Oklahoma tornadoes: Two people die in Atoka County twister

Oklahoma tornadoes: A tornado left a wide swath of destruction Thursday night. Two people died and a public school was destroyed.
BY BRYAN DEAN and TRICIA PEMBERTON Modified: April 15, 2011 at 9:55 pm •  Published: April 15, 2011
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The storm also tore up roofs and shattered windows.

“There's going to be a lot of work,” Wilson said. “This could be several days unless we get some crews in here. The county has men, equipment and chain saws. We're chopping, and we're doing everything we can to get everybody through.”

‘Felt like a bomb'

Several eye witnesses said two tornadoes hit at the same time, Wilson said. From the damage he's seen, that looks to be the case, he said.

An apparent tornado then traveled from Tushka northeast and came out about one mile east of Atoka, Wilson said. It missed Atoka, but hit again just northeast of that town, leaving damage for 12 to 15 miles.

“It left a path of destruction plumb across,” Wilson said.

Many in Tushka sought shelter.

“It felt like a bomb,” said Jennifer Buffington, who fled to a storm cellar with her husband, Tony Stiles, and their seven children when the tornado sirens sounded.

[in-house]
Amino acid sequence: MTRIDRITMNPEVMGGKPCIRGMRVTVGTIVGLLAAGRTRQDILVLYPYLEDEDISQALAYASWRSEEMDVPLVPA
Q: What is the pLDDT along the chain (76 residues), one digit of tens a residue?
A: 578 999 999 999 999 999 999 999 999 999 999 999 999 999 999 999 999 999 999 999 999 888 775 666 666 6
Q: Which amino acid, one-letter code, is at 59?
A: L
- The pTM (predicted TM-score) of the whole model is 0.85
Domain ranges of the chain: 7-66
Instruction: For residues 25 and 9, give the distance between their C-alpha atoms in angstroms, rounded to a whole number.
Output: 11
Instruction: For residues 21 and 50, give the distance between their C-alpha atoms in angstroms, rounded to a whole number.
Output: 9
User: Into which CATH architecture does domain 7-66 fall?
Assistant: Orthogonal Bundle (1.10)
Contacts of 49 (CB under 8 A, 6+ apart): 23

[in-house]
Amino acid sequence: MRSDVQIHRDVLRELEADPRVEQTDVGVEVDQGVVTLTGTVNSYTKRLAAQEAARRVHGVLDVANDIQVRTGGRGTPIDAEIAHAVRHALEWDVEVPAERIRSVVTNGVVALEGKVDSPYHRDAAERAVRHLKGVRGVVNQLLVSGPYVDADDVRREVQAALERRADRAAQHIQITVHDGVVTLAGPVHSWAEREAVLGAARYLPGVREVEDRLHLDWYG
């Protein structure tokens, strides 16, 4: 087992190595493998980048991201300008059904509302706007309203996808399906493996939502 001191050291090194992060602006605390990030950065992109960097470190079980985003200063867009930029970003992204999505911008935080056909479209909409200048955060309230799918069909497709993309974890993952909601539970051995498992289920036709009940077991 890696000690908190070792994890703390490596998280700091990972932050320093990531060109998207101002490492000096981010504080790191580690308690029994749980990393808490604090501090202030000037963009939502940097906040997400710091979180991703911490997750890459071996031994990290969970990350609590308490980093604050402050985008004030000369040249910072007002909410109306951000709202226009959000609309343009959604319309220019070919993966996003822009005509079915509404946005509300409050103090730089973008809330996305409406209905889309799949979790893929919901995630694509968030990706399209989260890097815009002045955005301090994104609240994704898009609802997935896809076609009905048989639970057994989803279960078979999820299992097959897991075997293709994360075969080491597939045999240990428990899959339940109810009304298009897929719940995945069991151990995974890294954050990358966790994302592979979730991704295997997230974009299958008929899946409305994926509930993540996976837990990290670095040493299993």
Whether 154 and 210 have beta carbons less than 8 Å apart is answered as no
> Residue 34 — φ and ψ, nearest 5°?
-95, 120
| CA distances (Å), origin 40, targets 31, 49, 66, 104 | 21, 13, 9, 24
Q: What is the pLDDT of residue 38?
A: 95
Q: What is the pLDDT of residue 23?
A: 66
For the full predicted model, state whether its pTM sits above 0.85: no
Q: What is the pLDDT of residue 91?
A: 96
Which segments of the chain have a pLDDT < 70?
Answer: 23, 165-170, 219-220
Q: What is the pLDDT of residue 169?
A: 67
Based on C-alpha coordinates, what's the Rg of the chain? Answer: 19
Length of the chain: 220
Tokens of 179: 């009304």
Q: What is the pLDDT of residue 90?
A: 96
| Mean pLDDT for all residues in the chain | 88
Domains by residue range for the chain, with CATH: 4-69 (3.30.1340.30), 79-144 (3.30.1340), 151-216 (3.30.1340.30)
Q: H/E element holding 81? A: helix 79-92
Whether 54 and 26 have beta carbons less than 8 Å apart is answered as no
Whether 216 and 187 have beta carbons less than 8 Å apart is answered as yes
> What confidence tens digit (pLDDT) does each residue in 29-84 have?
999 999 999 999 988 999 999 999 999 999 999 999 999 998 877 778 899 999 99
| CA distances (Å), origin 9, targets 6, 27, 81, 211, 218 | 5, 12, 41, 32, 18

When the family emerged, they found the windows blown out of their house. The family sought shelter at First Baptist Church in nearby Atoka.

“Everything in my house looks like shambles,” said Jennifer Buffington, 36, whose children range in age from 1 to 20.

Easton Crow, a junior at the public school where students from kindergarten through 12th grade attend, said he was at a baseball game in nearby Hugo when the storm hit. He went by the school and saw the damage: The roof was gone, the top story of one of the school's buildings was torn off and textbooks were scattered everywhere.

“I'm heartbroken. This is where most of us grew up,” said Crow, 17. “I'm just in awe that in a few seconds, memories that have been built were taken.”

Principal Matt Simpson said the school won't be usable for the rest of the school year.

“I've been doing this for 10 years, but this is definitely new for me,” Simpson said.

“It means a lot of challenges I wasn't expecting.”

Becky Anderson, Atoka County Emergency Management secretary, said the area “looks like a war zone.”

Contributing: Staff Writers Matt Patterson and Robert Medley, State Correspondent Sheila Stogsdill and The Associated Press


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